But in 2014, its US counterpart, the FBI, published an op-ed penned by Boston agent Lucia Ziobro warning US tech firms against entering into partnerships with the Skolkovo Foundation, a purported innovation center set up by the Kremlin and headed by Vekselberg until 2019.

“The Foundation may be a means for the Russian government to access our nation’s sensitive or classified research, development facilities and dual-use technologies with military and commercial applications,” Ziobro wrote.

Israel’s anti-money laundering authority also declined to say whether Vekselberg’s investments were a cause for a concern, suggesting instead that The Times of Israel contact the Israel Securities Authority. A spokesperson for the Israel Securities Authority said she was not familiar with Webpals and therefore could not answer. A senior source within the Tax Authority who asked not to be named said that Vekselberg’s investments only interest the Tax Authority insofar as he is an Israeli citizen. (Vekselberg is reportedly an Israeli citizen but would likely be exempt from paying taxes due to Amendment 168 of the Tax Ordinance, which exempts new immigrants from taxes on income earned abroad.)

Vekselberg did not respond to The Times of Israel’s request for comment.

When reached for comment, a spokesperson for XLMedia sent The Times of Israel the following statement: “Historically, the Company has engaged with businesses operating in forex, dating and binary options but any such activities were considered to be peripheral to our core business and unrepresentative of our future direction, and were terminated some considerable time ago. The Company has always operated in full compliance with laws and regulations and has always been transparent with our investors about the verticals in which we operate. We regularly engage with all our suppliers to evaluate and ensure compliance, which is something we take very seriously.”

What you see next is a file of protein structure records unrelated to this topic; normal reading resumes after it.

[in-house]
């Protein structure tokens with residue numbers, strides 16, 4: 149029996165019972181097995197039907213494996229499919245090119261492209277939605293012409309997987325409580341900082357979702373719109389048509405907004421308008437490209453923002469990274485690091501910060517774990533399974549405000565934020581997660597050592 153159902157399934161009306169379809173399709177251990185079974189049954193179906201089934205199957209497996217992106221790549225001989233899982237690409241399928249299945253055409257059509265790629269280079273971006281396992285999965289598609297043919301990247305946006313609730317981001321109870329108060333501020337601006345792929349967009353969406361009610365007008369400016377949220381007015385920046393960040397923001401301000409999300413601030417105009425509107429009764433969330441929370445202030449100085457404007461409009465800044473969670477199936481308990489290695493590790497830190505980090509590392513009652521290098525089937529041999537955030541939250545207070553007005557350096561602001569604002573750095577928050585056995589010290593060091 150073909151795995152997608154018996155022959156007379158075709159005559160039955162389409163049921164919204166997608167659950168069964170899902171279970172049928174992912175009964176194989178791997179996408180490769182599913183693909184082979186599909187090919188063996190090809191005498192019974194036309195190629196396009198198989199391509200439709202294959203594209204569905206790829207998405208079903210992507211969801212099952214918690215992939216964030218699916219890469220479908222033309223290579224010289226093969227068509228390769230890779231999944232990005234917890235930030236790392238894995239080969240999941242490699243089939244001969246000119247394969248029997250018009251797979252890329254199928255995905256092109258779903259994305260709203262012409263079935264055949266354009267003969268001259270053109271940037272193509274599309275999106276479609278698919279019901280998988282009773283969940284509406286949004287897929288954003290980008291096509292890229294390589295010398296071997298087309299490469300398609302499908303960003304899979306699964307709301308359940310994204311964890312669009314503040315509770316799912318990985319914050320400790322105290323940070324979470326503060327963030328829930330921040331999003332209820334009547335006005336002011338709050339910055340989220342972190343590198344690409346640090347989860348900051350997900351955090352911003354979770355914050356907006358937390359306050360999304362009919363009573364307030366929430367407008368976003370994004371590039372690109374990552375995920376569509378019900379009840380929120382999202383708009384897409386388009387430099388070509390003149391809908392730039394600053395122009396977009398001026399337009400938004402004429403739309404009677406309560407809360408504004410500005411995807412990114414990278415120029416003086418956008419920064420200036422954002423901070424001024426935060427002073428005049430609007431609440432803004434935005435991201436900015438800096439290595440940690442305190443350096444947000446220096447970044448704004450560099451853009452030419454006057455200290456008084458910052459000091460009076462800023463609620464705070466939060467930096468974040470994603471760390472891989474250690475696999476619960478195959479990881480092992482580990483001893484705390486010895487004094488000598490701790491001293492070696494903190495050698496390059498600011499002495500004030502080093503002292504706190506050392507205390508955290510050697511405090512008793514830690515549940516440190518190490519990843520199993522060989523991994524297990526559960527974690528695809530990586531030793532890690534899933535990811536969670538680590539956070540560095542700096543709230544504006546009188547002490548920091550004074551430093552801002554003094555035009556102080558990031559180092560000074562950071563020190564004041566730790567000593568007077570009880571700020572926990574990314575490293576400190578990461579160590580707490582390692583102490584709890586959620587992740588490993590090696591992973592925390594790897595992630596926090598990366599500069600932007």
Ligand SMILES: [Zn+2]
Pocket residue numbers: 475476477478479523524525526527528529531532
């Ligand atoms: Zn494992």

Saved by the bookie

XLMedia’s revenues plunged in 2020 to $54.8 million, down from $117.9 million in 2018, after Google demoted its casino sites in its search rankings at the beginning of the year. Another factor that the company said had suppressed its revenue was a decline in sports betting due to the cancellation of sporting events as a consequence of the coronavirus pandemic.

But a 2018 US Supreme Court decision overturning federal prohibitions on sports betting may change the company’s fortunes. Critics of the Supreme Court decision believe it could lead to addiction, including in young people, as well as “bad actors” entering the industry. Nevertheless, since the Supreme Court decision the sports betting industry has seen extraordinary growth. For XLMedia and Webpals, among other companies, this growth represents an opportunity.

“XLMedia has identified North America as a core target market… the Company will seek to.. increase its investment in the growing U.S. Sports market through partnerships and acquisitions,” said a December 10, 2020, press release.

Lavi did not respond to a request from The Times of Israel to comment. But a year before Lavi left Webpals, she defended the digital marketing industry, saying it was cleaning itself up.

At a March 2018 marketing-tech conference in Tel Aviv, Lavi was interviewed onstage by Meir Orbach, technology editor of the Calcalist business newspaper, who challenged her, albeit in a deferential way, about the nature of her business.

“Even though it makes a lot of money, there is a trend to speak of adtech and even marketing tech with a wink, with a negative valence. Can you understand why?” he asked Lavi.

“I think today we can see that very naturally, this industry is cleaning itself up,” Lavi replied. “The negative buzz is primarily connected to companies that provide less added value for customers.”

Orbach pressed further.

“One of the reasons adtech had this negative image is because it’s been associated with gambling. I understand that you are trying to diversify your activity in this area?” he asked.

But Lavi rejected the notion that there was anything wrong with Webpals’ clients.

“I don’t agree with that characterization of clean and unclean [gambling],” Lavi said. “I think it’s a matter of which clients you work with. In any business you could end up working with someone who doesn’t provide the goods and takes your money. We choose to work with clients who are traded on the London Stock Exchange, who are traded on the Swedish stock exchange, clients who have a significant reputation and sense of responsibility.”